Remembering 1988, Mulugeta Seraw, and one outcome
We’ve been here before, and it was worse.
Portland is reeling from the flood of racist, white supremacist activity in our area, but it’s nothing new. But I’m not referring to the 1860s or 1920s; I’m remembering November 1988 and the murder of Mulugeta Seraw.
The Willamette Week ran a story last year detailing the death and aftermath of Seraw’s death, but for anyone who was around then, and especially those who came out to mourn him and stand against the racists of that era, what’s happening now is a reopening of that old wound.
And it’s kind of unsettling to put it like this, but there was one good outcome to the story, one that has had some pretty important outcomes. We need to remember what is possible when we oppose the racists, not through violence but through peaceful, and legal, means.
Seraw was an Ethiopian living in Portland when he and some friends were attacked by skinheads. He was beaten to death, bludgeoned with a baseball bat and then kicked brutally by three racists with steel-toed boots. It was a savage murder and a gut-punch to the city. The three killers pled guilty and went to prison for the crime.
But these were not three random skinheads, disaffected youth or whatever. They were part of a well-funded organization to which the three killers belonged: WAR, the White Aryan Resistance. After Seraw’s murder and the conviction of his killers, some rather incredible happened:
The Southern Poverty Law Center and Morris Dees came to Oregon, sued Metzger for instigating the murder, and they won. They effectively destroyed WAR as a growing skinhead, white-nationalist organization through the mundane operation of suing them in civil court.
They won $12.5 million from WAR’s founder. My favorite quote from the WW piece:
Metzger [the founder of WAR] had nowhere near that much money. But [James McElroy, the SPLC lawyer who led the legal battle] collected more than $100,000. “The biggest asset we got was Metzger's house," McElroy says. "We sold it to a nice Hispanic family, which I thought was poetic justice.”
Metzger was still making payments to the Seraw family in 2013; I hope he still is.Henoc
WAR still exists, but the white nationalist movement that had been growing in the Pacific Northwest slammed into a wall. The racism didn’t go away, but the organized effort was gutted. It was an amazing outcome.
It’s unlikely that today’s fascists and white supremacists can be sued into oblivion today, not with the internet at their disposal and their spiritual leader in the White House, not to mention racist minions by the thousands in governments and law enforcement throughout the country. But the lessons of 1988 need to remain with us:
There are more of us who oppose the hate than those who work to sow its seeds.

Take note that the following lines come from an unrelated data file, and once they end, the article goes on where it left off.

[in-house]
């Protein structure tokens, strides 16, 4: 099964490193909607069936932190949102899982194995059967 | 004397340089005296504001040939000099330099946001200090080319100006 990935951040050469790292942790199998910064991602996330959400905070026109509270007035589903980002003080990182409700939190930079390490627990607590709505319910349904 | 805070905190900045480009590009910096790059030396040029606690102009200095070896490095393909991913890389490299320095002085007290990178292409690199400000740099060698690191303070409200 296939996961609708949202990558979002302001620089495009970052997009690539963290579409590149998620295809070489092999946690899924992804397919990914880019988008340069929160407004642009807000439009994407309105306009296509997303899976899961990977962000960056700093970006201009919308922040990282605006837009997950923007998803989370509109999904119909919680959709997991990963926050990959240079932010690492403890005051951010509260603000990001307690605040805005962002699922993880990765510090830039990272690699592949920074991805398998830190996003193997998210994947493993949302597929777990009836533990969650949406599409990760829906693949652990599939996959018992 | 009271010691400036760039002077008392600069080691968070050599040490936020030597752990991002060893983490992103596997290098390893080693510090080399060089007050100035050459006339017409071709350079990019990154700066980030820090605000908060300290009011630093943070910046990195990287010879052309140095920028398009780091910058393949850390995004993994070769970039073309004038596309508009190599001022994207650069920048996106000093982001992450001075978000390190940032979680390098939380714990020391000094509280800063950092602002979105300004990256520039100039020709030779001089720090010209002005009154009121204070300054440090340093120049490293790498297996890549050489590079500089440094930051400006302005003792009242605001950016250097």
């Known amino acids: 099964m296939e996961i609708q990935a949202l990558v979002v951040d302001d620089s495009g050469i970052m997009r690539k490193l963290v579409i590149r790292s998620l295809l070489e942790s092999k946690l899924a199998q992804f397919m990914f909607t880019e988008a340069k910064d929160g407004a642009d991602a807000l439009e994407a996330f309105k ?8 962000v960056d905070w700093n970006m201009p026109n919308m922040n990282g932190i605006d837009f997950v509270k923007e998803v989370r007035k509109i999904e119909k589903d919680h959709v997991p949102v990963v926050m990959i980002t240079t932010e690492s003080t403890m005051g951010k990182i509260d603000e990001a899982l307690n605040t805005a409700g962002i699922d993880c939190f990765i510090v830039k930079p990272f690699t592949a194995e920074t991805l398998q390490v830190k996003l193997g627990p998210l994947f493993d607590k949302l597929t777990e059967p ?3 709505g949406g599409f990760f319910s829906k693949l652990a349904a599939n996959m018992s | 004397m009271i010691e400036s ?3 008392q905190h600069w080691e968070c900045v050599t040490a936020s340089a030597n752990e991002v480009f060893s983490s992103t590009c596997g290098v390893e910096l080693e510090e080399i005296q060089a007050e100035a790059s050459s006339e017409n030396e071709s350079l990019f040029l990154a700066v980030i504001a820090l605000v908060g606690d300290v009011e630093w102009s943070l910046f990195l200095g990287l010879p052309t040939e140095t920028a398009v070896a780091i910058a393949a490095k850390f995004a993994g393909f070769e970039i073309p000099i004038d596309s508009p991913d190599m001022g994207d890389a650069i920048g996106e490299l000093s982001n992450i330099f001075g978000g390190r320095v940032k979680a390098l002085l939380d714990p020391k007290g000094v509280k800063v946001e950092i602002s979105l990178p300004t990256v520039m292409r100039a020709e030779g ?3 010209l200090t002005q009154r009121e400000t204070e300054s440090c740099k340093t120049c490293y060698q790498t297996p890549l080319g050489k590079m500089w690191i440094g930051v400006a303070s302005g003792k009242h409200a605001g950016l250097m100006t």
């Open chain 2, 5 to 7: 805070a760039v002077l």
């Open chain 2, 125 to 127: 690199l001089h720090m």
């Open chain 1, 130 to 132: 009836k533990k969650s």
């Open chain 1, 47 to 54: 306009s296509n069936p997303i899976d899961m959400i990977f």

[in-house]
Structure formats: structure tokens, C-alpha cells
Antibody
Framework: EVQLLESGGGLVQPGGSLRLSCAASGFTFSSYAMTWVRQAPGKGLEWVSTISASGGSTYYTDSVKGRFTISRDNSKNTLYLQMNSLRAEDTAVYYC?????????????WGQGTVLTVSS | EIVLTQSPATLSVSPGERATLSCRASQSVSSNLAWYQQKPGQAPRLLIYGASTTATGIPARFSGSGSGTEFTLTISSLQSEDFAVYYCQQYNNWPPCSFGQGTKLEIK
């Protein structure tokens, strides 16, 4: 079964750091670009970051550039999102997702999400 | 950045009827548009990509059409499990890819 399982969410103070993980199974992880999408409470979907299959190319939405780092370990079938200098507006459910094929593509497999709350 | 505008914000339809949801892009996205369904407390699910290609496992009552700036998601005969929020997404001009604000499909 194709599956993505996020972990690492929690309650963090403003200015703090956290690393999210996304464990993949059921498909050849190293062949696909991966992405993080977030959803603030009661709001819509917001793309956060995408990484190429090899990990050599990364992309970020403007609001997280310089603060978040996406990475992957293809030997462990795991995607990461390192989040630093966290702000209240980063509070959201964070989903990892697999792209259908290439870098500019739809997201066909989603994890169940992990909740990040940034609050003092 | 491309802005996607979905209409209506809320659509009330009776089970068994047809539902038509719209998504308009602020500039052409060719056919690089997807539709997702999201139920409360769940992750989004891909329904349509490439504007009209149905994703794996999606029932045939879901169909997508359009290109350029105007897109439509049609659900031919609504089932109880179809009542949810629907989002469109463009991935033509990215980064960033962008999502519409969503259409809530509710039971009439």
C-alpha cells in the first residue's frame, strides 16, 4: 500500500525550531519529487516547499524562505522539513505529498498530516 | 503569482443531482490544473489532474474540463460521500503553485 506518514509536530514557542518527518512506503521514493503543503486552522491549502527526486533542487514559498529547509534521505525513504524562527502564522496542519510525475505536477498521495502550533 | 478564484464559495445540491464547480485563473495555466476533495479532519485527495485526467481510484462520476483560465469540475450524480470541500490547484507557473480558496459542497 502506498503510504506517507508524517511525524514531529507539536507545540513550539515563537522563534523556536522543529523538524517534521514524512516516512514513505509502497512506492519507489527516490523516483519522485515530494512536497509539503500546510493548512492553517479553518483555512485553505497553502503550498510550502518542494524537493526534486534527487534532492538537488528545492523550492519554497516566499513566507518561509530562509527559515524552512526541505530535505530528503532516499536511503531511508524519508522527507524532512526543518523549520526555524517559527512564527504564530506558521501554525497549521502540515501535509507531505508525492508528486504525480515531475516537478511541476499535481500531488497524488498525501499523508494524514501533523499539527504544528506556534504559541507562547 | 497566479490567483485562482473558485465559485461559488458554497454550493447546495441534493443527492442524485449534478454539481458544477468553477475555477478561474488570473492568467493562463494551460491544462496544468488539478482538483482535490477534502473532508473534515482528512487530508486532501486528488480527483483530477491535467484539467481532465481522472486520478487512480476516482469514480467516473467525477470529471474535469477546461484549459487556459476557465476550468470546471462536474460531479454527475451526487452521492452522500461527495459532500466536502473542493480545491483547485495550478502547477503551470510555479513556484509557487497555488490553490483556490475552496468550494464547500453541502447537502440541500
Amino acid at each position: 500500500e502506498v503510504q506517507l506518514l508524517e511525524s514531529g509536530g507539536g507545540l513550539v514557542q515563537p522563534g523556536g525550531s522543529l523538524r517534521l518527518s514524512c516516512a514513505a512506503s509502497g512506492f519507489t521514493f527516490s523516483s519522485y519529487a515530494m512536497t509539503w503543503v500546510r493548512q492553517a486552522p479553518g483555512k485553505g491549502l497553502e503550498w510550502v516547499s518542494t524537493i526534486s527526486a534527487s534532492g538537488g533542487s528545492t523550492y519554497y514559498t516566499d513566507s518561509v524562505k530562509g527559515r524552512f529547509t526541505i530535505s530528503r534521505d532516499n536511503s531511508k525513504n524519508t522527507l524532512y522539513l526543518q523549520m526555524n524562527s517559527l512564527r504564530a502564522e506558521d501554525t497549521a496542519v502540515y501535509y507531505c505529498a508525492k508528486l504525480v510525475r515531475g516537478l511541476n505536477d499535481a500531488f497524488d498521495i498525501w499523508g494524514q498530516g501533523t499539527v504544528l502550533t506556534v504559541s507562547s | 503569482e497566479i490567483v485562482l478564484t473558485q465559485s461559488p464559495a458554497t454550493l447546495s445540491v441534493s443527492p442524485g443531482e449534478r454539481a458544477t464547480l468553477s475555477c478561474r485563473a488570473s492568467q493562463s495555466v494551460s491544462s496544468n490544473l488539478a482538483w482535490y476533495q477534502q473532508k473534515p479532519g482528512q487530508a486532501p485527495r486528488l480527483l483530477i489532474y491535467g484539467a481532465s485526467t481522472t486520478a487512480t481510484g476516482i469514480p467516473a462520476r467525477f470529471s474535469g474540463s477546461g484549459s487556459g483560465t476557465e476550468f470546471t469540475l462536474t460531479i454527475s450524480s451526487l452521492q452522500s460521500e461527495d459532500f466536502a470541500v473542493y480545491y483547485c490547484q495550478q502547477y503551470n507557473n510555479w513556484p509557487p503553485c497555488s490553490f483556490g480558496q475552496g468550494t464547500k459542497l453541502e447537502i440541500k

Use the courts. Write new laws if necessary. Keep building the next better mousetrap.
Realize this is nothing new and it won’t end regardless of what we accomplish in the next year or two.
Hate and fear are wired deep in the human brain. They were developed by thousands of generations of humans long before civilization appeared (and civilization has, in too many cases, only deepened and sophisticated that wiring). This is not a new phenomenon; there’s nothing particularly onerous about contemporary Oregonians. We are not suddenly worse because a lot of hate-filled, fear-filled white people are organizing, marching, and publishing online.
We are the same as we ever were. We just have new tools and opportunities.
We are also better than we were for one simple reason: More and more of us are recognizing how our brains are wired and are taking active steps to change our selves. The Buddha taught that simply becoming aware of your thoughts is liberation. When one person wakes up to the hate, the fear, the ignorance within their own mind, they have taken that first step to liberation – to being a better human being.
So don’t fall into despair over what’s going on now, the anger and marches and rhetoric and the evil at the border; all of that is the revealing of what people are carrying in their hearts and minds. Far better to get this out in the open so that those who hate the ugliness are challenged to wake up and act.
Which is exactly what we’re seeing. You may feel disgust at the fascists and racists, but, please: feel the hope in seeing the refusal of so many Americans to accept that the hate is ok. These are tough times we’re going through, but it’s nothing new. It’s just today’s version. We will get through this and be better for it.
That’s just what humans do when they live from hope and compassion instead of hate, fear, and selfishness.